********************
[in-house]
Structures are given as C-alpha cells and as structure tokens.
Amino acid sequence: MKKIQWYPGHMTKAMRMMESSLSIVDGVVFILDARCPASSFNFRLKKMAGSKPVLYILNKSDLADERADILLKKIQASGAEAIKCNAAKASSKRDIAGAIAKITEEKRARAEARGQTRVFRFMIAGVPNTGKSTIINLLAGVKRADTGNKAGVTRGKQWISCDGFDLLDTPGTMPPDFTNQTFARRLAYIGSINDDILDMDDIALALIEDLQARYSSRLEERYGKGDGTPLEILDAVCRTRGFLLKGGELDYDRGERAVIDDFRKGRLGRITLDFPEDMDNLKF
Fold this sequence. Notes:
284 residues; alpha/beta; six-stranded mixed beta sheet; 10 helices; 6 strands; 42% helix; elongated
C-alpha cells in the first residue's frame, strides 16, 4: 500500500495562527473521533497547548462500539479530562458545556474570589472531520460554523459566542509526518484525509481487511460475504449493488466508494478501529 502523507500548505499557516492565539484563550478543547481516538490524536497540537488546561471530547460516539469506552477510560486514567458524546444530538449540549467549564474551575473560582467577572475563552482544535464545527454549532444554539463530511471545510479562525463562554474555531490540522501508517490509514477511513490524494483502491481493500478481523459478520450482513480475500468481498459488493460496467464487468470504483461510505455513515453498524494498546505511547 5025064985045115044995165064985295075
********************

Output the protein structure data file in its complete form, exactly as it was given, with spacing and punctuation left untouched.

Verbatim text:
[in-house]
Structures are given as C-alpha cells and as structure tokens.
Amino acid sequence: MKKIQWYPGHMTKAMRMMESSLSIVDGVVFILDARCPASSFNFRLKKMAGSKPVLYILNKSDLADERADILLKKIQASGAEAIKCNAAKASSKRDIAGAIAKITEEKRARAEARGQTRVFRFMIAGVPNTGKSTIINLLAGVKRADTGNKAGVTRGKQWISCDGFDLLDTPGTMPPDFTNQTFARRLAYIGSINDDILDMDDIALALIEDLQARYSSRLEERYGKGDGTPLEILDAVCRTRGFLLKGGELDYDRGERAVIDDFRKGRLGRITLDFPEDMDNLKF
Fold this sequence. Notes:
284 residues; alpha/beta; six-stranded mixed beta sheet; 10 helices; 6 strands; 42% helix; elongated
C-alpha cells in the first residue's frame, strides 16, 4: 500500500495562527473521533497547548462500539479530562458545556474570589472531520460554523459566542509526518484525509481487511460475504449493488466508494478501529 502523507500548505499557516492565539484563550478543547481516538490524536497540537488546561471530547460516539469506552477510560486514567458524546444530538449540549467549564474551575473560582467577572475563552482544535464545527454549532444554539463530511471545510479562525463562554474555531490540522501508517490509514477511513490524494483502491481493500478481523459478520450482513480475500468481498459488493460496467464487468470504483461510505455513515453498524494498546505511547 5025064985045115044995165064985295075